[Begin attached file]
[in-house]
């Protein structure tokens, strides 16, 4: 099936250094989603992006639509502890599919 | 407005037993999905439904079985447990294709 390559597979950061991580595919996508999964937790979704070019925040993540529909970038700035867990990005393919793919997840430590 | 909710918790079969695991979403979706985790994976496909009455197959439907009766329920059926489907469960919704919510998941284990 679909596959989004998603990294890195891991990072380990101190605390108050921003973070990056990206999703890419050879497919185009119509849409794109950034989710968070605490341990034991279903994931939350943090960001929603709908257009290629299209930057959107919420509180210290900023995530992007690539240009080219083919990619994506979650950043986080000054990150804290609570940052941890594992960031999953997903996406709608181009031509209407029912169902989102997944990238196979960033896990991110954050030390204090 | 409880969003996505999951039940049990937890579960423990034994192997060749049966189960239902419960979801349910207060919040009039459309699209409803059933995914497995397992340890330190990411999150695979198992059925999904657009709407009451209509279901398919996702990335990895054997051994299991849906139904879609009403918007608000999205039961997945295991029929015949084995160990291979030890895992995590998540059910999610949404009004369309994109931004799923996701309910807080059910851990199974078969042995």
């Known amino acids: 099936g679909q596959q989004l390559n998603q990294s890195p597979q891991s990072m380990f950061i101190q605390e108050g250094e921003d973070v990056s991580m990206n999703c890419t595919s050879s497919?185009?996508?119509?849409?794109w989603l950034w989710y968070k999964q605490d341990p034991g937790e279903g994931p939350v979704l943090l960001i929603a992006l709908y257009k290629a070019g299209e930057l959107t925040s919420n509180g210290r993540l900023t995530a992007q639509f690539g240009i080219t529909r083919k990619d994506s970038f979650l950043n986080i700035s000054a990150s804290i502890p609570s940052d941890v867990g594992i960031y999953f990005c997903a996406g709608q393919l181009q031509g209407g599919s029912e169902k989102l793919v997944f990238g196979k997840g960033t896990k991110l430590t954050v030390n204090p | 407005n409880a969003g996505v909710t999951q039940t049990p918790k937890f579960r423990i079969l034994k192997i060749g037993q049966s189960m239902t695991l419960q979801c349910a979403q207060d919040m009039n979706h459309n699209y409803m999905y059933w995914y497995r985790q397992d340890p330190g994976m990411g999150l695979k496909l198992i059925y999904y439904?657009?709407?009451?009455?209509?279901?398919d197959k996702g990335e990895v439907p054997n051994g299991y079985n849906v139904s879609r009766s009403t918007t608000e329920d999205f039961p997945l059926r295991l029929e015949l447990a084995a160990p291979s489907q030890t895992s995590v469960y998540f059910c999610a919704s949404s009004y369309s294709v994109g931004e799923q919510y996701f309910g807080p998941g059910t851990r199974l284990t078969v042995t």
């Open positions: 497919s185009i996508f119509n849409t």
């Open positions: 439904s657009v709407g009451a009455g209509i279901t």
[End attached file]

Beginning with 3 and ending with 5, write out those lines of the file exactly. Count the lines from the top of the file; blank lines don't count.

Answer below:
């Known amino acids: 099936g679909q596959q989004l390559n998603q990294s890195p597979q891991s990072m380990f950061i101190q605390e108050g250094e921003d973070v990056s991580m990206n999703c890419t595919s050879s497919?185009?996508?119509?849409?794109w989603l950034w989710y968070k999964q605490d341990p034991g937790e279903g994931p939350v979704l943090l960001i929603a992006l709908y257009k290629a070019g299209e930057l959107t925040s919420n509180g210290r993540l900023t995530a992007q639509f690539g240009i080219t529909r083919k990619d994506s970038f979650l950043n986080i700035s000054a990150s804290i502890p609570s940052d941890v867990g594992i960031y999953f990005c997903a996406g709608q393919l181009q031509g209407g599919s029912e169902k989102l793919v997944f990238g196979k997840g960033t896990k991110l430590t954050v030390n204090p | 407005n409880a969003g996505v909710t999951q039940t049990p918790k937890f579960r423990i079969l034994k192997i060749g037993q049966s189960m239902t695991l419960q979801c349910a979403q207060d919040m009039n979706h459309n699209y409803m999905y059933w995914y497995r985790q397992d340890p330190g994976m990411g999150l695979k496909l198992i059925y999904y439904?657009?709407?009451?009455?209509?279901?398919d197959k996702g990335e990895v439907p054997n051994g299991y079985n849906v139904s879609r009766s009403t918007t608000e329920d999205f039961p997945l059926r295991l029929e015949l447990a084995a160990p291979s489907q030890t895992s995590v469960y998540f059910c999610a919704s949404s009004y369309s294709v994109g931004e799923q919510y996701f309910g807080p998941g059910t851990r199974l284990t078969v042995t």
């Open positions: 497919s185009i996508f119509n849409t």
């Open positions: 439904s657009v709407g009451a009455g209509i279901t």